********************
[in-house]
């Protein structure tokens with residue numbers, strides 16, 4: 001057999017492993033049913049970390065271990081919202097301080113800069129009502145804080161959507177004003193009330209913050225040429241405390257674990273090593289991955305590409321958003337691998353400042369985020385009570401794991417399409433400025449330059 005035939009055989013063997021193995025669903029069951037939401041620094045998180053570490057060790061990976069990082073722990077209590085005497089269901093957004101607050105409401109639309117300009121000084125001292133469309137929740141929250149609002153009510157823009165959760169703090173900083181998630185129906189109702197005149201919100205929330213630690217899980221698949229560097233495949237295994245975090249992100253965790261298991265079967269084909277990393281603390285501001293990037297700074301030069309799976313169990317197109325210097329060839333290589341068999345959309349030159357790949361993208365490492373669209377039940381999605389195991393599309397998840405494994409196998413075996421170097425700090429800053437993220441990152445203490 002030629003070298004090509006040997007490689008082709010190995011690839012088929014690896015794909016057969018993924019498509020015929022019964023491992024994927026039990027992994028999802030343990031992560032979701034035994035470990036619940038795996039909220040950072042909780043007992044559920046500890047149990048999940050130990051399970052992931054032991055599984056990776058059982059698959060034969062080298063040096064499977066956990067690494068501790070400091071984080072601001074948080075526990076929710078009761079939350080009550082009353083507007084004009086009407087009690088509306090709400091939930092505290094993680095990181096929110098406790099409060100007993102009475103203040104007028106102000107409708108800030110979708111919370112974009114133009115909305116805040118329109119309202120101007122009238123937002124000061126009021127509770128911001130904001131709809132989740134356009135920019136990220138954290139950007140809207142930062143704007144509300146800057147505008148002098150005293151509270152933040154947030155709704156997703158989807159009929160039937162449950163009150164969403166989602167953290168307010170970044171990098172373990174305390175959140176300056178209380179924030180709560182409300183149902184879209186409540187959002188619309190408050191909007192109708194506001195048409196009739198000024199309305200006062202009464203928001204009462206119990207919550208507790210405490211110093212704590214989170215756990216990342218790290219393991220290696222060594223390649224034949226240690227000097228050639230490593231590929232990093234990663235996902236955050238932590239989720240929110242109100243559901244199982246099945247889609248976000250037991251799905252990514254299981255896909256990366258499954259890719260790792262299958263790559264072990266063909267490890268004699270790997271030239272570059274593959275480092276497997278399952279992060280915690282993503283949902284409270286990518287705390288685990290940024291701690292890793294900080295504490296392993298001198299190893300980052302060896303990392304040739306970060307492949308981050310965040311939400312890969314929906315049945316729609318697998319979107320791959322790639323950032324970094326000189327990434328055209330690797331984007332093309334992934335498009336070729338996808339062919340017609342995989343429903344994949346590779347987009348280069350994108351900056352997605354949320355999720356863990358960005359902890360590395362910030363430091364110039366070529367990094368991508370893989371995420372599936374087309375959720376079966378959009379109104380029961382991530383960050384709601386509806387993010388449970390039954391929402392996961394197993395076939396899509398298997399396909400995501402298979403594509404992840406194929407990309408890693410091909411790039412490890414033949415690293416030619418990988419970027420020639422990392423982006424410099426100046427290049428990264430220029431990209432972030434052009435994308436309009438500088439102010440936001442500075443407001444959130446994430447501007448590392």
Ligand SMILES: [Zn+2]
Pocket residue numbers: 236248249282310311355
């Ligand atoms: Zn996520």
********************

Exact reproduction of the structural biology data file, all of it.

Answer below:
[in-house]
């Protein structure tokens with residue numbers, strides 16, 4: 001057999017492993033049913049970390065271990081919202097301080113800069129009502145804080161959507177004003193009330209913050225040429241405390257674990273090593289991955305590409321958003337691998353400042369985020385009570401794991417399409433400025449330059 005035939009055989013063997021193995025669903029069951037939401041620094045998180053570490057060790061990976069990082073722990077209590085005497089269901093957004101607050105409401109639309117300009121000084125001292133469309137929740141929250149609002153009510157823009165959760169703090173900083181998630185129906189109702197005149201919100205929330213630690217899980221698949229560097233495949237295994245975090249992100253965790261298991265079967269084909277990393281603390285501001293990037297700074301030069309799976313169990317197109325210097329060839333290589341068999345959309349030159357790949361993208365490492373669209377039940381999605389195991393599309397998840405494994409196998413075996421170097425700090429800053437993220441990152445203490 002030629003070298004090509006040997007490689008082709010190995011690839012088929014690896015794909016057969018993924019498509020015929022019964023491992024994927026039990027992994028999802030343990031992560032979701034035994035470990036619940038795996039909220040950072042909780043007992044559920046500890047149990048999940050130990051399970052992931054032991055599984056990776058059982059698959060034969062080298063040096064499977066956990067690494068501790070400091071984080072601001074948080075526990076929710078009761079939350080009550082009353083507007084004009086009407087009690088509306090709400091939930092505290094993680095990181096929110098406790099409060100007993102009475103203040104007028106102000107409708108800030110979708111919370112974009114133009115909305116805040118329109119309202120101007122009238123937002124000061126009021127509770128911001130904001131709809132989740134356009135920019136990220138954290139950007140809207142930062143704007144509300146800057147505008148002098150005293151509270152933040154947030155709704156997703158989807159009929160039937162449950163009150164969403166989602167953290168307010170970044171990098172373990174305390175959140176300056178209380179924030180709560182409300183149902184879209186409540187959002188619309190408050191909007192109708194506001195048409196009739198000024199309305200006062202009464203928001204009462206119990207919550208507790210405490211110093212704590214989170215756990216990342218790290219393991220290696222060594223390649224034949226240690227000097228050639230490593231590929232990093234990663235996902236955050238932590239989720240929110242109100243559901244199982246099945247889609248976000250037991251799905252990514254299981255896909256990366258499954259890719260790792262299958263790559264072990266063909267490890268004699270790997271030239272570059274593959275480092276497997278399952279992060280915690282993503283949902284409270286990518287705390288685990290940024291701690292890793294900080295504490296392993298001198299190893300980052302060896303990392304040739306970060307492949308981050310965040311939400312890969314929906315049945316729609318697998319979107320791959322790639323950032324970094326000189327990434328055209330690797331984007332093309334992934335498009336070729338996808339062919340017609342995989343429903344994949346590779347987009348280069350994108351900056352997605354949320355999720356863990358960005359902890360590395362910030363430091364110039366070529367990094368991508370893989371995420372599936374087309375959720376079966378959009379109104380029961382991530383960050384709601386509806387993010388449970390039954391929402392996961394197993395076939396899509398298997399396909400995501402298979403594509404992840406194929407990309408890693410091909411790039412490890414033949415690293416030619418990988419970027420020639422990392423982006424410099426100046427290049428990264430220029431990209432972030434052009435994308436309009438500088439102010440936001442500075443407001444959130446994430447501007448590392």
Ligand SMILES: [Zn+2]
Pocket residue numbers: 236248249282310311355
């Ligand atoms: Zn996520």